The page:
I have mostly Castle Creations ESCs and they tell me that they can handle a sustained 160-180F in use (temp leveled off, not still rising). So if I want to push the ESC harder than where I can hold it I put a temp sensor on it (an eLogger V3), hold the ESC in the prop blast as I static test it, and find the throttle setting that will keep it at 160F or so. Then I mount the ESC externally and test it again in flight.

The prop will normally unload a little in flight and that and the better cooling keeps things under control.

If I want to mount an ESC internally I static test it in that location with the eLogger and assume that the cooling air flow will not be any better in flight.

I am not a chronic full throttle flyer, I generally am flying backed from full throttle but I like to know that I can survive sustained full throttle runs.

Jack
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Old Jun 17, 2015, 02:55 PM
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im hitting 150 F as my esc is in a sealed box not receiving any cooling... hoping that I can use this box to be fully waterproof airplane... too hot?
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Old Jun 17, 2015, 03:42 PM
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65C is high, but OK. Depending on how it's being measured.

Commercial grade electronics are typically spec'd for operation from 0-70C as measured at some location on the component itself. Industrial and Military parts are rated higher, but these are all the same parts. Manufacturers "bin" based on parametric performance of the components. The parts that show higher operating margin become the more expensive higher rated parts. Thing is, they tend to yield a lot more parts with higher margin than they need. So generally, the lower-graded Commercial parts will work every bit as well as the Mil-spec part when it comes to temperature, they're just not guaranteed to work at the higher temps.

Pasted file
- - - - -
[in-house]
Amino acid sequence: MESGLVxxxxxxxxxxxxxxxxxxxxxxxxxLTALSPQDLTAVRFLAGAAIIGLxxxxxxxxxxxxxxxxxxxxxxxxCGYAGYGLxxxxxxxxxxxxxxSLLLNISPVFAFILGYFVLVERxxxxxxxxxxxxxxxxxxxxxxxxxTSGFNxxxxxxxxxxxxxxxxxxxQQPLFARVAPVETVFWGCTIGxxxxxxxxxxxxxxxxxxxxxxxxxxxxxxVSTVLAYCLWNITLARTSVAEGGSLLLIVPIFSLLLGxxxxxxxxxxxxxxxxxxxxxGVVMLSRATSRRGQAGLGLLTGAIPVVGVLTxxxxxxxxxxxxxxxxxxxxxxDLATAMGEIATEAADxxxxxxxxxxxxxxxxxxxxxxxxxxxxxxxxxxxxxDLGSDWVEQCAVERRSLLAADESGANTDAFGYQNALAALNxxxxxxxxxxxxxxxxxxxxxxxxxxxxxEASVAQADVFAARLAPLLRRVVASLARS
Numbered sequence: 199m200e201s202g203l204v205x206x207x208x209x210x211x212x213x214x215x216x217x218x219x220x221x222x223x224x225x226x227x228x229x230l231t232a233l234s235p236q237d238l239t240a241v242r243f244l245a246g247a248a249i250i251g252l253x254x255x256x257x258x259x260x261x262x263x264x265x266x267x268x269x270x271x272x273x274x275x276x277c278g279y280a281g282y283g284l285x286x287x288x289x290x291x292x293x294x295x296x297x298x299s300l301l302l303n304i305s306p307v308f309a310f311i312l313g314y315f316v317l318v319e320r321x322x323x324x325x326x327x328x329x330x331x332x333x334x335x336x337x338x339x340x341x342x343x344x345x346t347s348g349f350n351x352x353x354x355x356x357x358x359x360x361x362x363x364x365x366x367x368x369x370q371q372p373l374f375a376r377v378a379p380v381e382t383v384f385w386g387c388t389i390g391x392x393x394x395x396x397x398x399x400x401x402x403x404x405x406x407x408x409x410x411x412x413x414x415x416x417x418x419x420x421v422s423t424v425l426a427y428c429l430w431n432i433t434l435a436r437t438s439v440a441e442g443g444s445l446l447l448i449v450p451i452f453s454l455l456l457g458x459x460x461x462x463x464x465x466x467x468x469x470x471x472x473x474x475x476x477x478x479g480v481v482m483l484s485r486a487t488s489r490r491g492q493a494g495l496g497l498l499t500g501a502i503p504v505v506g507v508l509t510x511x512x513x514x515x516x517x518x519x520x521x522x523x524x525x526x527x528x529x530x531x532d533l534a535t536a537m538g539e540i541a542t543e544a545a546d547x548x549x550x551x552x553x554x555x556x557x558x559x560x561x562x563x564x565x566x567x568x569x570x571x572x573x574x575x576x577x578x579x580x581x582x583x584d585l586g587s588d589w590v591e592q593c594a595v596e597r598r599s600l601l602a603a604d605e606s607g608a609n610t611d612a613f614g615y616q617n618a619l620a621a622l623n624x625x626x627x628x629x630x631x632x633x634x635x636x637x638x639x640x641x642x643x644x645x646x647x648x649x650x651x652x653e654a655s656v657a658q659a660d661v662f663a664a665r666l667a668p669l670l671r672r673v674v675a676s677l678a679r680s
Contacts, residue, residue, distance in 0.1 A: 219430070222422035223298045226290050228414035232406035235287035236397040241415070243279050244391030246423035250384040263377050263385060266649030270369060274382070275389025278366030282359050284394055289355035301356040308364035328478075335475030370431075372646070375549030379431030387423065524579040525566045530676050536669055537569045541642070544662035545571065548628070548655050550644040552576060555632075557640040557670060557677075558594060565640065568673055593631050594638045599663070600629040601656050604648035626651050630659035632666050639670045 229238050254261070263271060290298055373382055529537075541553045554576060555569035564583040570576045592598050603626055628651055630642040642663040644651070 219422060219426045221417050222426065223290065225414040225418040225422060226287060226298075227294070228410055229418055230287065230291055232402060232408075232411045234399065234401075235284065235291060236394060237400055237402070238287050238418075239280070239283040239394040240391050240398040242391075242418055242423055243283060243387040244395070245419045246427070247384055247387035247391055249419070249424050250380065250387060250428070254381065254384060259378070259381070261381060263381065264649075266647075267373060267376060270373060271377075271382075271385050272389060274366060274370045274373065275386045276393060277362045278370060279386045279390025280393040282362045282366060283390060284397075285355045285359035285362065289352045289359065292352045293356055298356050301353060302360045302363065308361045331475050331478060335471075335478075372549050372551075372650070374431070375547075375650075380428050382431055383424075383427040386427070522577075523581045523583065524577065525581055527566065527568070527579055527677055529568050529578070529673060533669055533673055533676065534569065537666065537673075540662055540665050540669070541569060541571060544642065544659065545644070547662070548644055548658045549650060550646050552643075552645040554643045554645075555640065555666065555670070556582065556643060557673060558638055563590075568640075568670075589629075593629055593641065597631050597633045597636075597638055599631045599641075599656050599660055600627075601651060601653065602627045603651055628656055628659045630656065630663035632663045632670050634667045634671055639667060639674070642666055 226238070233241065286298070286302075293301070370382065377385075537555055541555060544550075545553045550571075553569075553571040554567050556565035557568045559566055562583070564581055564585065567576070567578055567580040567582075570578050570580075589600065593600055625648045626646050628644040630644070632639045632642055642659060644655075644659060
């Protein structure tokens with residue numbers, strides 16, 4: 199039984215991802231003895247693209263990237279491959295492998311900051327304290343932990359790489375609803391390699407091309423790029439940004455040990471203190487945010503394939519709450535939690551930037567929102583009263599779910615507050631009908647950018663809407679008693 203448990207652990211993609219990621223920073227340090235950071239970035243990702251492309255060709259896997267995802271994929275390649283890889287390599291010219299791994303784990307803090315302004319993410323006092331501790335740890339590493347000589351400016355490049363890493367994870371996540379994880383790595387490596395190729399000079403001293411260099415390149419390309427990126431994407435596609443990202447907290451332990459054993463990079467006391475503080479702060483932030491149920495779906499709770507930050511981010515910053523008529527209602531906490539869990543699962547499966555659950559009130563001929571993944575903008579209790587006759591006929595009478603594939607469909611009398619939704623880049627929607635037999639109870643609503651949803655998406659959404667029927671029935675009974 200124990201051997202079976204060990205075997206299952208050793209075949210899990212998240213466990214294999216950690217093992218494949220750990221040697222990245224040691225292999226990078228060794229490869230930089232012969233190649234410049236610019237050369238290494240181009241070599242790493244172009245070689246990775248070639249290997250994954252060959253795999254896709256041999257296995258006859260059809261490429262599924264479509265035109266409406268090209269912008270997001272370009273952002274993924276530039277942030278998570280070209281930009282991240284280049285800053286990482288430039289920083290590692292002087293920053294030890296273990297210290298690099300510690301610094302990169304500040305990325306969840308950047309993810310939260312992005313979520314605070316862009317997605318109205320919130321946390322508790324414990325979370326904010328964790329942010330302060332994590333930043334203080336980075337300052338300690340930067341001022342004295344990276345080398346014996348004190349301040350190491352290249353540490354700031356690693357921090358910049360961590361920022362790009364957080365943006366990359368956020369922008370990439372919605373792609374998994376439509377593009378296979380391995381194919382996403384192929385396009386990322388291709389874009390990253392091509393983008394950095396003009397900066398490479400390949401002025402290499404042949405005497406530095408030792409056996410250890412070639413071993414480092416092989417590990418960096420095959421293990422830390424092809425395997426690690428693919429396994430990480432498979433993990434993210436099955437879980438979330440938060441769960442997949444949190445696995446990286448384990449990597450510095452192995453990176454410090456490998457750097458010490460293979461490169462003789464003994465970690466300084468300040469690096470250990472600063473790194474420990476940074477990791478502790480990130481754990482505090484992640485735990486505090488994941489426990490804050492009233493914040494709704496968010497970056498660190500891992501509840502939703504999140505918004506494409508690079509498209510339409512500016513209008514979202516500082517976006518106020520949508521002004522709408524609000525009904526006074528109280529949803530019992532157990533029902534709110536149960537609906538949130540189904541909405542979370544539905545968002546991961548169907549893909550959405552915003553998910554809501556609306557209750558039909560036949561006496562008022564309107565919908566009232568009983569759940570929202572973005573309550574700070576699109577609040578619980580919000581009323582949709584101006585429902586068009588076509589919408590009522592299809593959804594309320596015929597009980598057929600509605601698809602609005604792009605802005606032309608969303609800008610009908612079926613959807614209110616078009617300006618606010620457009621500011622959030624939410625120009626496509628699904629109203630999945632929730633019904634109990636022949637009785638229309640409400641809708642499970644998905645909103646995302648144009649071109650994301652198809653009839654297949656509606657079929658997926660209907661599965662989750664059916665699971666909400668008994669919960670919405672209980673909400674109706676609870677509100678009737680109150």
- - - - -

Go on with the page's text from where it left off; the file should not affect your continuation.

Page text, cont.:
What you actually care about is the "Junction Temperature" of the FET. This is probably spec'd for a maximum of 125C. Your 65C is well below that, but it's probably not a measure of the junction temperature of the FETs but a location on the PCBA nearby the FETs. So your FETs are actually running hotter. But even assuming a 40C gradient, you're still comfortably below the maximum junction temperature. Which is why I think you're OK.

But keep in mind you're operating near the thermal maximum and the reliability of the ESC will be impacted, probably severely.

Also, in an enclosed space, heat is going to tend to build up. Particularly if your enclosure is plastic (good electrical insulators are usually good heat insulators, too). Is the 150F you measured at the ESC after a full battery under flight loads, or only a short initial test run? As the run progresses, the ambient temperature in the enclosure is going to increase and the ESC will get hotter as a result. You have operating margin at 65C but not a lot if the enclosure's going to get 10-20C hotter over the duration of an entire flight.

Might be harder to waterproof than plastic, but you might consider an aluminum enclosure. You could mount the heat-sink side of the ESC to the inside of the enclosure and get fairly effective cooling while still maintaining water tight integrity.